A four-story, 107-room hotel planned for Rensch Road near the University at Buffalo North Campus cleared its last hurdle Thursday night when the Amherst Planning Board approved the site plan for the project.

The board also agreed the project would not significantly harm the environment.

Ellicott Development previously said it plans to start construction in March and would look to open the hotel in February or March 2018.

The developer previously had not named the hotel brand.

Fairfield Inn & Suites is an option alhtough no agreement has yet been reached,  Ellicott CEO William Paladino said Thursday. Aslide shown at the planning board identified Fairfield as the hotel.

Ellicott Development also plans to build a two-story, 12-unit apartment building on the site, which covers three parcels at 3880, 3900 and 4030 Rensch Road off Sweet Home Road.

The rezoning request required for the hotel and apartment didn't stir opposition when it was filed with the town early last summer. The Town Board approved the rezoning in June.

The site is surrounded by off-campus student housing, an office park and the Center for Inquiry. There are two other hotels nearby on Sweet Home, including Ellicott Development's Staybridge Suites Buffalo-Amherst.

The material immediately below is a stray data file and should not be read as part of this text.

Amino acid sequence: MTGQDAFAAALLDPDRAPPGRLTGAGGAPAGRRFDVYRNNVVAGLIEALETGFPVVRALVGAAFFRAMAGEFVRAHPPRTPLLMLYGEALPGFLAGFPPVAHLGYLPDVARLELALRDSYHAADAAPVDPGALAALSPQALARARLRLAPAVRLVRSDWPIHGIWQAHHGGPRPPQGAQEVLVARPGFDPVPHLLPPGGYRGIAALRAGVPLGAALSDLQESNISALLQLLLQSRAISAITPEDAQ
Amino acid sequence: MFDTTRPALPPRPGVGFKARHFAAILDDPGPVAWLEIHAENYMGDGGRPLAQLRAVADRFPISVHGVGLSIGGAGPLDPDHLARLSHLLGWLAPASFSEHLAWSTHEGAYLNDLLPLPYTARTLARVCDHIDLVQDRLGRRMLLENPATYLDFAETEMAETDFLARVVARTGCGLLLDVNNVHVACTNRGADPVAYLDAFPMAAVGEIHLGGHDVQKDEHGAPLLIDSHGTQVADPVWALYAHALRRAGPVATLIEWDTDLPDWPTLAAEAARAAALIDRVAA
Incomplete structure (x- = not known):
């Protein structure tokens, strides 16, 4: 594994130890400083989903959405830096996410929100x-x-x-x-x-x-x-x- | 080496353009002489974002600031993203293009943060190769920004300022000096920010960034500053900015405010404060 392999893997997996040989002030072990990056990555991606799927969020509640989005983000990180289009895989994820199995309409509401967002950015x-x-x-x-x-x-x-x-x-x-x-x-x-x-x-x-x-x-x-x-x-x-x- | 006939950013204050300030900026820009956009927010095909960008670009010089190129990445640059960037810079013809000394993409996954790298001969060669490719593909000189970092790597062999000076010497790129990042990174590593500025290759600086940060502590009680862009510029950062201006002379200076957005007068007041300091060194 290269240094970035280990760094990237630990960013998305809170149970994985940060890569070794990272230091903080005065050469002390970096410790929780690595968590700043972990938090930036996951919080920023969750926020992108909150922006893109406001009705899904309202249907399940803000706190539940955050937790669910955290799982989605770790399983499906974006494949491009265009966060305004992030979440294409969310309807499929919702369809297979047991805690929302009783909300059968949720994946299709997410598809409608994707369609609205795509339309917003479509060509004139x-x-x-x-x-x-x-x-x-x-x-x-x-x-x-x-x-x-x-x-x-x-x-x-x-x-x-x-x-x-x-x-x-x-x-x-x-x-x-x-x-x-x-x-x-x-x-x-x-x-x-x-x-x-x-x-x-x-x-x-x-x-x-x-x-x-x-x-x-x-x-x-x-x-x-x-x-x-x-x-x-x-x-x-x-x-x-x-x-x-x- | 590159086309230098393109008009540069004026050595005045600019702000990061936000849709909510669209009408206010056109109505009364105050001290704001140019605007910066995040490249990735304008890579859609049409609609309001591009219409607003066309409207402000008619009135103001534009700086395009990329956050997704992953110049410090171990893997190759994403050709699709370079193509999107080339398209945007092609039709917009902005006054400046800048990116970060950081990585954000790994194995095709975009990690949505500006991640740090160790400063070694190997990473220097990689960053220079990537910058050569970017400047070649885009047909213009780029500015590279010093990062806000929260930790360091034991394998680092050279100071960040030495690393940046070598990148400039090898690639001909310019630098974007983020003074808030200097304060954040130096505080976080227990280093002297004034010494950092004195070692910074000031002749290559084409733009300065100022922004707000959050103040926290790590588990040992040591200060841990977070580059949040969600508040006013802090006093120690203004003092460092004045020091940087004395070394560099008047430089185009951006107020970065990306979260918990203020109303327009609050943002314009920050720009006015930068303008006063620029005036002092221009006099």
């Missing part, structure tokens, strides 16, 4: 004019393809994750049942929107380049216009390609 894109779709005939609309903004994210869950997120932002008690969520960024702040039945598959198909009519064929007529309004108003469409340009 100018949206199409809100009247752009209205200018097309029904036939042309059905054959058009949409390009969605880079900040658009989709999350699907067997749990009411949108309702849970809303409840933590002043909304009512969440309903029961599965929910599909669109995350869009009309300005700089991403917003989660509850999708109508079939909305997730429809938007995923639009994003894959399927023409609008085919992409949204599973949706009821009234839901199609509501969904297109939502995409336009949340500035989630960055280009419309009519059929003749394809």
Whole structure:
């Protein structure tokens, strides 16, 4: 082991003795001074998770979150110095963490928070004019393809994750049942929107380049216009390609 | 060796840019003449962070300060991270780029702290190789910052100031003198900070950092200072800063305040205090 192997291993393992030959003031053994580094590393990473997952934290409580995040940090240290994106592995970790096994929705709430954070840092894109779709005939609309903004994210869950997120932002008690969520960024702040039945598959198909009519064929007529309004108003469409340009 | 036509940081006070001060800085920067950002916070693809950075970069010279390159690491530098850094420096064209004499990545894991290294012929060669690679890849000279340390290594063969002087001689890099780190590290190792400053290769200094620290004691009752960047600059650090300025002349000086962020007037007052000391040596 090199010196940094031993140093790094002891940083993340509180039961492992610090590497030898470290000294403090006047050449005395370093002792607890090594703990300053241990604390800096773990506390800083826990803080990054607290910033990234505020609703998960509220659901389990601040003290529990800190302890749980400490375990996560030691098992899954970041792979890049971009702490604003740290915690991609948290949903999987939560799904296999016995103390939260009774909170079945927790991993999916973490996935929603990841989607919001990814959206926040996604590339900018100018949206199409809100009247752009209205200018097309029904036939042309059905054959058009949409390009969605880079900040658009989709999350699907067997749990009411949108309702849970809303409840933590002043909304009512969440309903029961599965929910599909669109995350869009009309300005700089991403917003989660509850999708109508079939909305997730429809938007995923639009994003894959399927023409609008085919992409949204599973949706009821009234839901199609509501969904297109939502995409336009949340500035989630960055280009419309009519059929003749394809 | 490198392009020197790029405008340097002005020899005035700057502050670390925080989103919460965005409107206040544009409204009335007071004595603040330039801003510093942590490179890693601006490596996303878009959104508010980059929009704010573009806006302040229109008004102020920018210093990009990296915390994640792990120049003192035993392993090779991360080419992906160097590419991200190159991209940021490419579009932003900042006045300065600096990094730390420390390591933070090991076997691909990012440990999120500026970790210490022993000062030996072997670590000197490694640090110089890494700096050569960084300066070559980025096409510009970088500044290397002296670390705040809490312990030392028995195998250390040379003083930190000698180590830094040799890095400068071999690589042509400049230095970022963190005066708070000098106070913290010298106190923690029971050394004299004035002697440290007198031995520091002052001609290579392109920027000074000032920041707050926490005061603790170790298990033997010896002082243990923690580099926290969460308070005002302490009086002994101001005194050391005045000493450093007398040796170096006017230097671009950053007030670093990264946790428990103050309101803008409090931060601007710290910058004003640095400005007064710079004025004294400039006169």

Two dwellings that are currently used as rental units would be demolished to make way for the project. But the developer has agreed to preserve a limestone house at 4030 Rensch that is believed to be one of just six stone houses remaining in Amherst. The Town Board recently designated that house as a local historic landmark.

Ellicott Development also agreed to relocate and reconstruct two stone pillars now located near the stone house, and to use building materials in the apartment complex that complement the appearance of the limestone home.

Planning Board member Mary Shapiro expressed concern about the fate of the columns and ensuring the apartments blend in with the stone house.

Sean W. Hopkins, Ellicott Development's attorney,sought to reassure her.

"We've already agreed it's an historic house, so we can't impact it," he said.

The board approved the site plan application and the environmental impact statement by identical 5-1 votes, with Shapiro voting no both times.

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